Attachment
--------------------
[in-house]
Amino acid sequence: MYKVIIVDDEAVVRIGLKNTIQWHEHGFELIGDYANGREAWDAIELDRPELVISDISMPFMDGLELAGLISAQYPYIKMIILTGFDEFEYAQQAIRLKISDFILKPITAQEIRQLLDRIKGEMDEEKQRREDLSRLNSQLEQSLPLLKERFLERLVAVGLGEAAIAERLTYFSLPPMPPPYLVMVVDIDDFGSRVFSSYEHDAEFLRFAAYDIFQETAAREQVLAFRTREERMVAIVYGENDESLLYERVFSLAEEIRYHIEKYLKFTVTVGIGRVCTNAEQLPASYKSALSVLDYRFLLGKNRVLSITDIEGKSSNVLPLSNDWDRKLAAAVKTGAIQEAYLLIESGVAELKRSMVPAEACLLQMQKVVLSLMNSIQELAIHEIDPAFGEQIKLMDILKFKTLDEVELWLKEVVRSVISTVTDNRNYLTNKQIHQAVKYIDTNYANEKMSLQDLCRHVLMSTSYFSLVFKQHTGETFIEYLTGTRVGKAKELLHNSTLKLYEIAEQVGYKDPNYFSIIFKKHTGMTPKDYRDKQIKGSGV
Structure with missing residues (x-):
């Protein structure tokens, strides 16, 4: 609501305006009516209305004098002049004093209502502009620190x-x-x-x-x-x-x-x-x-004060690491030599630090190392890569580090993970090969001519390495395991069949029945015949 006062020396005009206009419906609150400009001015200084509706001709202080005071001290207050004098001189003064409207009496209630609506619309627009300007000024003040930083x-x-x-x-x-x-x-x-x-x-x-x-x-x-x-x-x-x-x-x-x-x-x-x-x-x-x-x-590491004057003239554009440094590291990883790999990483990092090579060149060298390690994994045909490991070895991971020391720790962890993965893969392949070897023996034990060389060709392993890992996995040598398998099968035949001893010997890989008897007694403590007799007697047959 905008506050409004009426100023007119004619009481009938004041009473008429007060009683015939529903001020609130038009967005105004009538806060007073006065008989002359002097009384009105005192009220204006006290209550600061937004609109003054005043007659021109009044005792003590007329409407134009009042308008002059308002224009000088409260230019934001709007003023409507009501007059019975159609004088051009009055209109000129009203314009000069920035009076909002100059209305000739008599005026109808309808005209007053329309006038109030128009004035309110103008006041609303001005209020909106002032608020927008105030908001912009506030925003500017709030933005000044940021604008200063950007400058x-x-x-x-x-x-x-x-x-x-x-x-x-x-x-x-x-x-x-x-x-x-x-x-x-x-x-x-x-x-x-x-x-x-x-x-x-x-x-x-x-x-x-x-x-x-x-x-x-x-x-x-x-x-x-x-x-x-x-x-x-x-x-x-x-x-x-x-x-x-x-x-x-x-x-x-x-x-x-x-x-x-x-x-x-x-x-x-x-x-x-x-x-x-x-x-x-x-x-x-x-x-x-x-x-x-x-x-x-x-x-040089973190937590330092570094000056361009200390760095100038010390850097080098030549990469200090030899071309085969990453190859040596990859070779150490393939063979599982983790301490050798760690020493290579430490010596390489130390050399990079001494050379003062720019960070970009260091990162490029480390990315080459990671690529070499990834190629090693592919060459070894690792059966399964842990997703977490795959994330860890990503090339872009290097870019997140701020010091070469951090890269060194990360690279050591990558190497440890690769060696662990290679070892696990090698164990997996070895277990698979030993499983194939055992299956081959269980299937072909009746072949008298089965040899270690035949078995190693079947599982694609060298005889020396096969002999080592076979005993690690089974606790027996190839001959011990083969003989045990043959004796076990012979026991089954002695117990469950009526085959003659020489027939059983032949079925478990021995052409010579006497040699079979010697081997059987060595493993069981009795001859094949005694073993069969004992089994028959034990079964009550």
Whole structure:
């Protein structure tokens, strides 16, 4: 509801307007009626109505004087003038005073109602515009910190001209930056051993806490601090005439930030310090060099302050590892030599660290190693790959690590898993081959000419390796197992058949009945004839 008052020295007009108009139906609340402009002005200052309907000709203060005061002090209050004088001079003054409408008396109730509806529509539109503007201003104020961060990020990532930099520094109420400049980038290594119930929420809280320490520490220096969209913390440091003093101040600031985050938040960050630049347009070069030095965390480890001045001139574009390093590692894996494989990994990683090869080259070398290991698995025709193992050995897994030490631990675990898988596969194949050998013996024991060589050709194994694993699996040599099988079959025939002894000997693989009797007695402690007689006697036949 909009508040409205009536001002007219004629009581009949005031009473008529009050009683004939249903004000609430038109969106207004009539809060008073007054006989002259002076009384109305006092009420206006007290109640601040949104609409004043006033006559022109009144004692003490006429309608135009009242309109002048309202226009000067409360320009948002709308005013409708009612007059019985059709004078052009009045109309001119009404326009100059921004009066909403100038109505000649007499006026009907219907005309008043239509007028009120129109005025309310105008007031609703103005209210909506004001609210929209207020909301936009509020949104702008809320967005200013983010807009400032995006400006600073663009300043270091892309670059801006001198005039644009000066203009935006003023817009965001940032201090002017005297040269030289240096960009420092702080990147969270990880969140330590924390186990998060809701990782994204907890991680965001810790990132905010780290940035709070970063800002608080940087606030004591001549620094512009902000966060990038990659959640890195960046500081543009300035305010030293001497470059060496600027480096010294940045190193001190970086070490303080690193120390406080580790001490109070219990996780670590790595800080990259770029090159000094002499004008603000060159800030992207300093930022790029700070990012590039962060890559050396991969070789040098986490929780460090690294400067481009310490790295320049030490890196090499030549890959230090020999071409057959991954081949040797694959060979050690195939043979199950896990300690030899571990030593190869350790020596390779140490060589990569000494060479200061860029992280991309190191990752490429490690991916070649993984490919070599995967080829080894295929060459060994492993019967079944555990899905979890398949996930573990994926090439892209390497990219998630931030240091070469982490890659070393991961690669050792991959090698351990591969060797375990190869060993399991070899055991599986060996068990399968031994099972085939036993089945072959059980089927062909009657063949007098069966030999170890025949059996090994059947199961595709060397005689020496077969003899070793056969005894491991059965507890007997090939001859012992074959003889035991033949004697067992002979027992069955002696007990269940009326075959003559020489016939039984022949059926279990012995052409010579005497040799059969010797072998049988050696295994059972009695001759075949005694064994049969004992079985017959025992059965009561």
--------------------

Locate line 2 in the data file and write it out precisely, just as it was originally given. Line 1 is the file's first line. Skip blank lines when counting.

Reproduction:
Amino acid sequence: MYKVIIVDDEAVVRIGLKNTIQWHEHGFELIGDYANGREAWDAIELDRPELVISDISMPFMDGLELAGLISAQYPYIKMIILTGFDEFEYAQQAIRLKISDFILKPITAQEIRQLLDRIKGEMDEEKQRREDLSRLNSQLEQSLPLLKERFLERLVAVGLGEAAIAERLTYFSLPPMPPPYLVMVVDIDDFGSRVFSSYEHDAEFLRFAAYDIFQETAAREQVLAFRTREERMVAIVYGENDESLLYERVFSLAEEIRYHIEKYLKFTVTVGIGRVCTNAEQLPASYKSALSVLDYRFLLGKNRVLSITDIEGKSSNVLPLSNDWDRKLAAAVKTGAIQEAYLLIESGVAELKRSMVPAEACLLQMQKVVLSLMNSIQELAIHEIDPAFGEQIKLMDILKFKTLDEVELWLKEVVRSVISTVTDNRNYLTNKQIHQAVKYIDTNYANEKMSLQDLCRHVLMSTSYFSLVFKQHTGETFIEYLTGTRVGKAKELLHNSTLKLYEIAEQVGYKDPNYFSIIFKKHTGMTPKDYRDKQIKGSGV